Last week, here in Fort Worth, a wealthy businessman in his seventies was killed by police in his own home in what appears to have been a tragic accident. Just a few days before that, however, another wealthy businessman in his seventies was killed by police in his own home - in affluent Ridgefield, Connecticut. That, too, is being described as a tragic accident.
In their respective communities, these cases are receiving considerable attention for their rarity. Let's face it: business executives in their private homes rarely get shot by the police, let alone killed.
In Fort Worth's case, 72-year-old Jerry Waller was responding to commotion in his manicured neighborhood after a neighbor's burglar alarm sounded in the middle of the night. Two white rookie Fort Worth police officers encountered Waller in his own garage, and somehow, felt threatened enough by him to shoot him multiple times. Waller was holding a handgun, and it has yet to be determined if the cops identified themselves in the darkness.
He owned a successful local company specializing in heavy-duty tires for the trucking industry, and lived in the prosperous, if not entirely desirable, subdivision of Woodhaven, populated by other prominent business leaders and politicians, but surrounded by low-income apartment complexes.
In Ridgefield, a far more prestigious community than Fort Worth's Woodhaven, John Valluzzo had made a small fortune in precision manufacturing. He owned a lush, gated estate there, plus a place in Palm Beach. He was 75 when police gunned him down as he reportedly stood in his kitchen, holding - what else? - a handgun. Cops said he wouldn't put it down, even after their repeated commands for him to do so.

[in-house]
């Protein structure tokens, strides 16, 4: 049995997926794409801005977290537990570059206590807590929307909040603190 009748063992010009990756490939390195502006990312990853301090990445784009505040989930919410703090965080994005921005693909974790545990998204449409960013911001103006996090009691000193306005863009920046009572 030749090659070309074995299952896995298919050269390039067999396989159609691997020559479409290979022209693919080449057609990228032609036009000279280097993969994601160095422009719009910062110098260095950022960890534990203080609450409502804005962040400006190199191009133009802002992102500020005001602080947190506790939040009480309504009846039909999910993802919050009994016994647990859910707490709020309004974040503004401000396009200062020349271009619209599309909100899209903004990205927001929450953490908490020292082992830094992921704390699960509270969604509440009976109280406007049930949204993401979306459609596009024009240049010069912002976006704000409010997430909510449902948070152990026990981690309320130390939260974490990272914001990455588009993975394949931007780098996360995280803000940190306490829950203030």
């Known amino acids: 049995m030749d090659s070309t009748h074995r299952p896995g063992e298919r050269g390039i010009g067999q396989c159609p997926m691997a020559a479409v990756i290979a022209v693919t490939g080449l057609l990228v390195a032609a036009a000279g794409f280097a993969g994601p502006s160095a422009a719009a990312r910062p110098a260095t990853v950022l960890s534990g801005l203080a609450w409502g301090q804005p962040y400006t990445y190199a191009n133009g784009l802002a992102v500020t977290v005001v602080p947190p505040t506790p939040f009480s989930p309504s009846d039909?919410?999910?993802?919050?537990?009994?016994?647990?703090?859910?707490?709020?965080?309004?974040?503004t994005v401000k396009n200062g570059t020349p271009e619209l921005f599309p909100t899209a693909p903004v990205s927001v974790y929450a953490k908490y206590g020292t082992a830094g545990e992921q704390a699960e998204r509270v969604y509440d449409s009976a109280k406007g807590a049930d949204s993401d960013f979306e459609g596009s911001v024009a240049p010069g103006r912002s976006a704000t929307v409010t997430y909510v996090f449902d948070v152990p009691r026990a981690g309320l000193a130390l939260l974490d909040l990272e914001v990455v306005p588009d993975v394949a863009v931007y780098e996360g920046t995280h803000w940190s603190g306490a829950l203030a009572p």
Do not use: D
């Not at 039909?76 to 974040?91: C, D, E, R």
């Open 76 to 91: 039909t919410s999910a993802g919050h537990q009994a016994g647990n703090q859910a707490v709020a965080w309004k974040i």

In Valluzzo's case, he may have been drinking. Apparently, he was in the middle of an argument with his 53-year-old girlfriend, who became uncomfortable with the combination of his alcohol consumption and brandishment of a firearm. She called a friend, who, concerned with the situation, called Ridgefield police. Only Valluzzo's girlfriend hadn't asked for the police; neither she nor Valluzzo knew they were on their way. So when cops came around the back of the house - again, similar to how Fort Worth police encountered Waller in his rear-entry garage - both Valluzzo and his girlfriend were caught off-guard.
Adding to the irony is that Valluzzo was killed by the only minority member of lily-white Ridgefield's police force, a Hispanic who'd transferred to the department from another one in Connecticut's far more violent, blue-collar city of Bridgeport.
So, let's see: can you count the similarities?
- Both victims were male
- Both victims were white
- Both victims were successful (relatively speaking)
- Both victims were in their 70's
- Both victims were holding a handgun
- Cops encountered each victim at the rear of their homes
- Disorientation of some sort was involved. Waller may have been groggy because of the time of day, and perhaps unable to make out the figures of the two police officers in the dark. Valluzzo had been drinking.
- Cops had been dispatched by a third party - in Waller's case, by a neighbor's burglar alarm; in Valluzzo's case, unbeknownst to them by a friend. Neither homeowner had personally summoned the police to their residence.
- There may be contributing issues from complex socioeconomic realities. In Waller's case, Woodhaven is a paradox in an otherwise struggling part of town. In Valluzzo's case, the cop who shot him might have instinctively read a more sinister scenario into the confrontation, based on his previous patrolling of a less genteel community in another city.